Saturday

13th Aug 2022

EU leaders agree new Russia sanctions

  • Merkel, Hollande (c), and Polish leader Donald Tusk: A decision on economic sanctions will require another summit (Photo: Council of European Union)

EU leaders have reacted to Russia's annexation of Crimea by blacklisting 12 new names and by agreeing to send EU peace monitors if need be.

"We have 12 names and I can assure you that some of them are really high-ranking,” EU Council chief Herman Van Rompuy told press after a summit in Brussels on Thursday (20 March).

Read and decide

Join EUobserver today

Become an expert on Europe

Get instant access to all articles — and 20 years of archives. 14-day free trial.

... or subscribe as a group

The list will be made public at around 4.30pm local time on Friday.

German Chancellor Angela Merkel said it is “close" to one adopted by the US earlier the same day.

But she hinted there are no oligarchs on the EU list, because of the "different legal basis" for sanctions in the EU and US. She also said the EU names "have to be linked to Crimea" and to Russia's illegal decision to annex the Ukrainian region.

The British PM, David Cameron, deflected suggestions the EU response is weaker than the US.

“We have made progress and the world will see that,” he told media.

In another step, EU leaders agreed that if the OSCE, an intergovernmental club, does not send peace monitors to Ukraine in the "next few days," the Union will send its own mission, as it did to Georgia.

With the OSCE being blocked by Russia, Van Rompuy noted that planning for the EU mission is already under way.

“We are not starting from scratch. We are looking to an EU contribution to an OSCE mission or to an own EU mission and here also the preparations are ongoing," he said.

French President Francois Hollande pledged to contribute personnel to either model.

He said an EU mission would monitor demonstrations and help ensure free and fair presidential elections in May.

The leaders also cancelled the EU-Russia summit in June and high-level bilateral meetings.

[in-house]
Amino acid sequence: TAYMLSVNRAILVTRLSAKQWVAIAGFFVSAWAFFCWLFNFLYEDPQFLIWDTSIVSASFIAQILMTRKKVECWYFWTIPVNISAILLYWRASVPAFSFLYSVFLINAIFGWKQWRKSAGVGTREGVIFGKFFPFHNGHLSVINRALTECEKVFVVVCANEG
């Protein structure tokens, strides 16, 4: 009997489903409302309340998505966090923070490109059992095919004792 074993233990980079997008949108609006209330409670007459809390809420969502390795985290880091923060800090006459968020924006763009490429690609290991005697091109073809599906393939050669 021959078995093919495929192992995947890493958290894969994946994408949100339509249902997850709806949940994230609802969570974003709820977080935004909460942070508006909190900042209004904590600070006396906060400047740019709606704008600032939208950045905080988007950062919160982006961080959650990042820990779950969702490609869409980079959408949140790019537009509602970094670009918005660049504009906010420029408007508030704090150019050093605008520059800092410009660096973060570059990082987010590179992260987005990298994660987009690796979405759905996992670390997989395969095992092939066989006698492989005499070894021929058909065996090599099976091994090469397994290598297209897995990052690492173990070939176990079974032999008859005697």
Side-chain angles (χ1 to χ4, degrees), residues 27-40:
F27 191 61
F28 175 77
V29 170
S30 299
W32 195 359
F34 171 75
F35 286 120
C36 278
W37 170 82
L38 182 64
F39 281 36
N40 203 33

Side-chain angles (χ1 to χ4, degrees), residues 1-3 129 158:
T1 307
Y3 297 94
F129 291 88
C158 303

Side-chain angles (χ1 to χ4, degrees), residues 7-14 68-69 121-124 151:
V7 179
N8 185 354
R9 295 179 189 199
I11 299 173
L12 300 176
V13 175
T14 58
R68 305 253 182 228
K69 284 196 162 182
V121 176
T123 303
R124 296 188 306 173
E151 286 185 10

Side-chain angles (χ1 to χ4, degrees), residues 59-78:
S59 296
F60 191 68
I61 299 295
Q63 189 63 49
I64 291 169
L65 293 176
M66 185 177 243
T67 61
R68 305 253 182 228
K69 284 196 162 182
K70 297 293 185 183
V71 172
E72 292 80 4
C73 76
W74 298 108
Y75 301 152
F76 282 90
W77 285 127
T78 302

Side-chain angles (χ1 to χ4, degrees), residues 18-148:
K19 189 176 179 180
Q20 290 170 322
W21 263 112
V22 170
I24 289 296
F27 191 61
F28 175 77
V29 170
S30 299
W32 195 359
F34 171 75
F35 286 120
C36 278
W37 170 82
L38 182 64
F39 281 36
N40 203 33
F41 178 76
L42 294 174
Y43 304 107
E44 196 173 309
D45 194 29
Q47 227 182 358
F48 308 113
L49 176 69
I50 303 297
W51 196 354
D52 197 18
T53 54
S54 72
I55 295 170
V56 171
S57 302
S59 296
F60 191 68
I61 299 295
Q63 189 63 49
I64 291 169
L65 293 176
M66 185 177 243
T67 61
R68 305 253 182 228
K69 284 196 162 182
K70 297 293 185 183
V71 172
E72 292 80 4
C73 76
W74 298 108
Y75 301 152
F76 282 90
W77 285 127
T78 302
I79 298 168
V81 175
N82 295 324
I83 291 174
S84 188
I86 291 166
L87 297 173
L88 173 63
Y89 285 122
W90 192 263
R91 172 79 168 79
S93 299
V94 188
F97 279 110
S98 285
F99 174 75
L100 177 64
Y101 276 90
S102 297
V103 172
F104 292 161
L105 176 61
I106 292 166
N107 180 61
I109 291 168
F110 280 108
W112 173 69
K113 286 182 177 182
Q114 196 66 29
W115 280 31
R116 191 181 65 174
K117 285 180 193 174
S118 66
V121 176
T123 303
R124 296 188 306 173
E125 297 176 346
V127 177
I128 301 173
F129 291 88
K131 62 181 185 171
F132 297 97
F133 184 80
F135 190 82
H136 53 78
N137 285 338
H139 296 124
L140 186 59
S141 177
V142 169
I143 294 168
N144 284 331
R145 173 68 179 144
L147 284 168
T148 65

German-Russian government consultations have been scrapped, while Hollande said his foreign and defence ministers will no longer travel to Moscow next Tuesday.

Amid fears that Russia might invade other parts of Ukraine, EU countries tasked the European Commission to draft proposals for EU sanctions on Russia’s energy, financial, and defence sectors.

The package is to be made ready “for rapid implementation.”

Hollande said another EU summit would be needed to take the step.

"We are at the beginning of a process, if there is no dialogue and a further escalation, then we will trigger economic sanctions. Nobody imagines a military option, dissuasion can only be economic," he said.

Merkel indicated the so-called third step in the "sanctions progression" would go ahead if Russia invades eastern or southern Ukraine.

Van Rompuy noted: “We will assess each new incident by itself … We will not put all our cards on the table - that’s for us to decide when to trigger all this.”

On Friday, the EU will also sign the political part of an association agreement with Ukraine. The trade part of the EU accord, the bulk of the treaty, is to be signed after May.

Similar deals with Moldova and Georgia - both of which contain Russian-backed “frozen conflicts” - are to be signed in June, two months earlier than planned.

Amid the show of solidarity on Ukraine, France’s Hollande struck an awkward note.

He highlighted that Crimea has important cultural and historical links to Russia and voiced hostility to Ukraine’s EU membership prospects.

“We are now at the stage of association and the signature is only a partial one. I always thought Ukraine should be associated with the European Union but should not demand to be a member of the European Union,” he said.

Update: This article was updated at noon Brussels time on 21 March to note the EU will publish the 12 names later than expected, now at 4.30pm

Opinion

Only Western unity can stop Iran hostage-diplomacy

The Belgian parliament's recent decision to ratify its prisoner-exchange treaty with Iran is a grave mistake, and one which exemplifies the many downfalls of dealing with Iran's human-rights abuses on a case-by-case basis.

Stakeholders' Highlights

  1. EFBWW – EFBH – FETBBConstruction workers can check wages and working conditions in 36 countries
  2. Nordic Council of MinistersNordic and Canadian ministers join forces to combat harmful content online
  3. European Centre for Press and Media FreedomEuropean Anti-SLAPP Conference 2022
  4. Nordic Council of MinistersNordic ministers write to EU about new food labelling
  5. Nordic Council of MinistersEmerging journalists from the Nordics and Canada report the facts of the climate crisis
  6. Council of the EUEU: new rules on corporate sustainability reporting

Latest News

  1. Defying Russian bombs, Ukraine football starts 2022 season
  2. Sweden to extradite man wanted by Turkey
  3. EU must beware Beijing's new charm offensive
  4. Forest fire near Bordeaux forces over 10,000 to flee
  5. Estonia and Latvia sever China club ties
  6. Russian coal embargo kicks in, as EU energy bills surge
  7. Only Western unity can stop Iran hostage-diplomacy
  8. Kosovo PM warns of renewed conflict with Serbia

Join EUobserver

Support quality EU news

Join us